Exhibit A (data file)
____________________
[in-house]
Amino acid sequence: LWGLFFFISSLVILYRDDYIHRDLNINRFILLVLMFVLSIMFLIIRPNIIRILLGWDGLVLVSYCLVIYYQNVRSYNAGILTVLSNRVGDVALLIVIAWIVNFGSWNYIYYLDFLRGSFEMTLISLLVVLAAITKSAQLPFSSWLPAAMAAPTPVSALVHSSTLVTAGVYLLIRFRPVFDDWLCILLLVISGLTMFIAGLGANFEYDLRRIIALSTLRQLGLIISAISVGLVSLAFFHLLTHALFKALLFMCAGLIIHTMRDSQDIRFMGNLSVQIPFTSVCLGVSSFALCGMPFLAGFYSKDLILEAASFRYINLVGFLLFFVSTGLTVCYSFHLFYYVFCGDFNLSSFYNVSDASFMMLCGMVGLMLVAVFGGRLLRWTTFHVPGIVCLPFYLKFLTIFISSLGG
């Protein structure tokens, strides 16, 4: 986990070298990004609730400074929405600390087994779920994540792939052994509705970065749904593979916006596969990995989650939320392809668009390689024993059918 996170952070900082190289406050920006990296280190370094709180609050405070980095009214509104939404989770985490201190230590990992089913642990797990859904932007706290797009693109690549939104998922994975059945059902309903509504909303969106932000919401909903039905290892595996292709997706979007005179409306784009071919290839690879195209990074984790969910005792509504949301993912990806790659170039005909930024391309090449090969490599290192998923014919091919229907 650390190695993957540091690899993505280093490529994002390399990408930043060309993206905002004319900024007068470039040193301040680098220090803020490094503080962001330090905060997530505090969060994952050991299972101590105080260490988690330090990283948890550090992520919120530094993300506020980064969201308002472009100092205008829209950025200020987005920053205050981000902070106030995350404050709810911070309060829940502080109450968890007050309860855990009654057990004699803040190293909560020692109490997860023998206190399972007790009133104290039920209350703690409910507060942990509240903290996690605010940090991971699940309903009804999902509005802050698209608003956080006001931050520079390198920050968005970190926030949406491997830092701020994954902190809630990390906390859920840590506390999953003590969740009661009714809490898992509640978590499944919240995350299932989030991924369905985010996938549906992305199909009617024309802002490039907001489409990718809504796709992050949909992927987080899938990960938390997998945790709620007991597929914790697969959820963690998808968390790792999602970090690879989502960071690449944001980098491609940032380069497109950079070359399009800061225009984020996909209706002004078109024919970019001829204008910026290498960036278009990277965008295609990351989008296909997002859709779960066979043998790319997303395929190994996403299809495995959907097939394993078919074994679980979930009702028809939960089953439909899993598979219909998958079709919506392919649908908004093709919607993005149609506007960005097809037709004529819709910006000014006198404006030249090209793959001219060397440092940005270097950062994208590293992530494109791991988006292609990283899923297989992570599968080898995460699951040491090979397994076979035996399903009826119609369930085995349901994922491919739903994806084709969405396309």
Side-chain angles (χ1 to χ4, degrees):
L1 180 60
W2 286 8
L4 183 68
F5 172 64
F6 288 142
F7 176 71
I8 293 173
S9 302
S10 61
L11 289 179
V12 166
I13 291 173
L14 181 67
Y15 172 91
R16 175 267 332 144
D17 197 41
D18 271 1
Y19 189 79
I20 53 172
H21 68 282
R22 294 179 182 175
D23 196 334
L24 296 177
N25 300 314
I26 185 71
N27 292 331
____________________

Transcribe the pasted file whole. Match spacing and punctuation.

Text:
[in-house]
Amino acid sequence: LWGLFFFISSLVILYRDDYIHRDLNINRFILLVLMFVLSIMFLIIRPNIIRILLGWDGLVLVSYCLVIYYQNVRSYNAGILTVLSNRVGDVALLIVIAWIVNFGSWNYIYYLDFLRGSFEMTLISLLVVLAAITKSAQLPFSSWLPAAMAAPTPVSALVHSSTLVTAGVYLLIRFRPVFDDWLCILLLVISGLTMFIAGLGANFEYDLRRIIALSTLRQLGLIISAISVGLVSLAFFHLLTHALFKALLFMCAGLIIHTMRDSQDIRFMGNLSVQIPFTSVCLGVSSFALCGMPFLAGFYSKDLILEAASFRYINLVGFLLFFVSTGLTVCYSFHLFYYVFCGDFNLSSFYNVSDASFMMLCGMVGLMLVAVFGGRLLRWTTFHVPGIVCLPFYLKFLTIFISSLGG
């Protein structure tokens, strides 16, 4: 986990070298990004609730400074929405600390087994779920994540792939052994509705970065749904593979916006596969990995989650939320392809668009390689024993059918 996170952070900082190289406050920006990296280190370094709180609050405070980095009214509104939404989770985490201190230590990992089913642990797990859904932007706290797009693109690549939104998922994975059945059902309903509504909303969106932000919401909903039905290892595996292709997706979007005179409306784009071919290839690879195209990074984790969910005792509504949301993912990806790659170039005909930024391309090449090969490599290192998923014919091919229907 650390190695993957540091690899993505280093490529994002390399990408930043060309993206905002004319900024007068470039040193301040680098220090803020490094503080962001330090905060997530505090969060994952050991299972101590105080260490988690330090990283948890550090992520919120530094993300506020980064969201308002472009100092205008829209950025200020987005920053205050981000902070106030995350404050709810911070309060829940502080109450968890007050309860855990009654057990004699803040190293909560020692109490997860023998206190399972007790009133104290039920209350703690409910507060942990509240903290996690605010940090991971699940309903009804999902509005802050698209608003956080006001931050520079390198920050968005970190926030949406491997830092701020994954902190809630990390906390859920840590506390999953003590969740009661009714809490898992509640978590499944919240995350299932989030991924369905985010996938549906992305199909009617024309802002490039907001489409990718809504796709992050949909992927987080899938990960938390997998945790709620007991597929914790697969959820963690998808968390790792999602970090690879989502960071690449944001980098491609940032380069497109950079070359399009800061225009984020996909209706002004078109024919970019001829204008910026290498960036278009990277965008295609990351989008296909997002859709779960066979043998790319997303395929190994996403299809495995959907097939394993078919074994679980979930009702028809939960089953439909899993598979219909998958079709919506392919649908908004093709919607993005149609506007960005097809037709004529819709910006000014006198404006030249090209793959001219060397440092940005270097950062994208590293992530494109791991988006292609990283899923297989992570599968080898995460699951040491090979397994076979035996399903009826119609369930085995349901994922491919739903994806084709969405396309």
Side-chain angles (χ1 to χ4, degrees):
L1 180 60
W2 286 8
L4 183 68
F5 172 64
F6 288 142
F7 176 71
I8 293 173
S9 302
S10 61
L11 289 179
V12 166
I13 291 173
L14 181 67
Y15 172 91
R16 175 267 332 144
D17 197 41
D18 271 1
Y19 189 79
I20 53 172
H21 68 282
R22 294 179 182 175
D23 196 334
L24 296 177
N25 300 314
I26 185 71
N27 292 331